Holy See's Address at Conference on Nuclear Treaty
"Important for the Life and Peace of the Human Family"
VIENNA, Austria, OCT. 5, 2007 (Zenit.org).- Here is the address delivered by Monsignor Michael Banach, the Holy See's permanent observer at the U.N. Industrial Development Organization, to the Fifth Conference on Facilitating of the Entry into Force of the Comprehensive Nuclear Test Ban Treaty (CTBT). The meeting took place Sept. 17-18 in Vienna.
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The Holy See resolutely promotes the widest possible accession to the CTBT and its ratification. Its coming into force and implementation are important for the life and peace of the human family. By adhering to the CTBT and ratifying it, the Holy See gave expression to its conviction "that in the sphere of nuclear weapons, the banning of tests and the further development of these weapons, disarmament and nonproliferation are closely linked and must be achieved as quickly as possible under effective international controls" ("Declaration Attached to the Instrument of Adhesion to the CTBT," Sept. 24, 1996).
This conviction underlies the very mission of the Holy See, which aims at ensuring the common good of the human family through the "promotion of a culture of peace based upon the primacy of law and of respect for human rights" ("Declaration Attached to the Instrument of Ratification of the CTBT," July 18, 2001).
The coming into force and the implementation of the CTBT are all the more urgently necessary when one considers the contemporary world, which is marked by the threat of terrorism and by the crisis in international relations and organizations. In this perspective, the measures adopted for combating nuclear terrorism and, more generally, the international and national instruments for preventing criminal organizations and non-state actors from possessing weapons of mass destruction are to be welcomed. Among these, the International Convention for the Elimination of Acts of Nuclear Terrorism of 2005 and Resolution No. 1540 of the Security Council of the United Nations, adopted 2004, are worthy of particular mention.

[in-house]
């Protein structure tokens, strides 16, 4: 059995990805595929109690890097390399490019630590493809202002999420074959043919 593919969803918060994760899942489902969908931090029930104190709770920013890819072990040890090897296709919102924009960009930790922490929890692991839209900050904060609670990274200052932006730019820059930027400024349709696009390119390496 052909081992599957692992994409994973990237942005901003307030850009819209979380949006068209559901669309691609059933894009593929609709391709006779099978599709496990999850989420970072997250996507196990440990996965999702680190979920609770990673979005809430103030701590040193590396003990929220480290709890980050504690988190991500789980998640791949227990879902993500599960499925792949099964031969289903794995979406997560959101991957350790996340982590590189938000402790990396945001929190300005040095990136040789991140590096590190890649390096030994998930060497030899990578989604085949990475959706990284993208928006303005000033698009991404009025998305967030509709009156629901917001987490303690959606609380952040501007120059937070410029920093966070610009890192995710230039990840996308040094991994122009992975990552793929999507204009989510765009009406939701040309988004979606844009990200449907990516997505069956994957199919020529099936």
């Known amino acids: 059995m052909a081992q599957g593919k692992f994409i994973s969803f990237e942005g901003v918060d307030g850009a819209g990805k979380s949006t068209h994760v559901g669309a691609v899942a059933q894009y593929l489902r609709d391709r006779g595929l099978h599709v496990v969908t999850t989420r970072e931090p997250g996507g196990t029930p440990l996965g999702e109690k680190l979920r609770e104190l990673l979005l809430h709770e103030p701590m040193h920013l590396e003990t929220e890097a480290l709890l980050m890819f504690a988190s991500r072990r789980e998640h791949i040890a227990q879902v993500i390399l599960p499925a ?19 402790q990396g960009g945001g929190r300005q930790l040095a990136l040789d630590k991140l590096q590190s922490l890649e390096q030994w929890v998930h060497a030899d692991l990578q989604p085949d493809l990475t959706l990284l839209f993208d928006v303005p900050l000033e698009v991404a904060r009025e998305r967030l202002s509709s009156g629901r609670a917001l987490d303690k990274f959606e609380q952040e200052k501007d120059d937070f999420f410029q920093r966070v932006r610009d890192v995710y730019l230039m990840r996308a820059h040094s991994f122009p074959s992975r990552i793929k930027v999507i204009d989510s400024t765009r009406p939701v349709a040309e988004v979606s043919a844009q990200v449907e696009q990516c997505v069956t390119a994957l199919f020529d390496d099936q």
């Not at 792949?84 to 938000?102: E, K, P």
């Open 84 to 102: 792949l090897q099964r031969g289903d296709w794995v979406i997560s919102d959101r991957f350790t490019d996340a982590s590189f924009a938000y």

At the same time, however, states must resume the process of nuclear disarmament. A renewed commitment of states to implementing the Nonproliferation of Nuclear Weapons Treaty of 1968 and declaring a general ban on nuclear tests therefore seems necessary. The climate of terrorism caused by criminal organizations is not eliminated by the fear which is linked to the threat of use of weapons of mass destruction by states. Both are an offense to the human family.
Nuclear tests are dictated by the desire to develop ever more sophisticated and dangerous weapons. They are therefore indicative of a "culture of conflict and death" which endangers not only peace but -- given the particularly destructive nature of nuclear weapons -- the very existence of the human family. Sometimes states justify nuclear tests by appeal to the requirements of security and the protections of peoples. This argument fails to convince. In fact, it leads to the proliferation of weapons which, given their destructive capacity, are able to eliminate the very people whom they claim to protect and defend.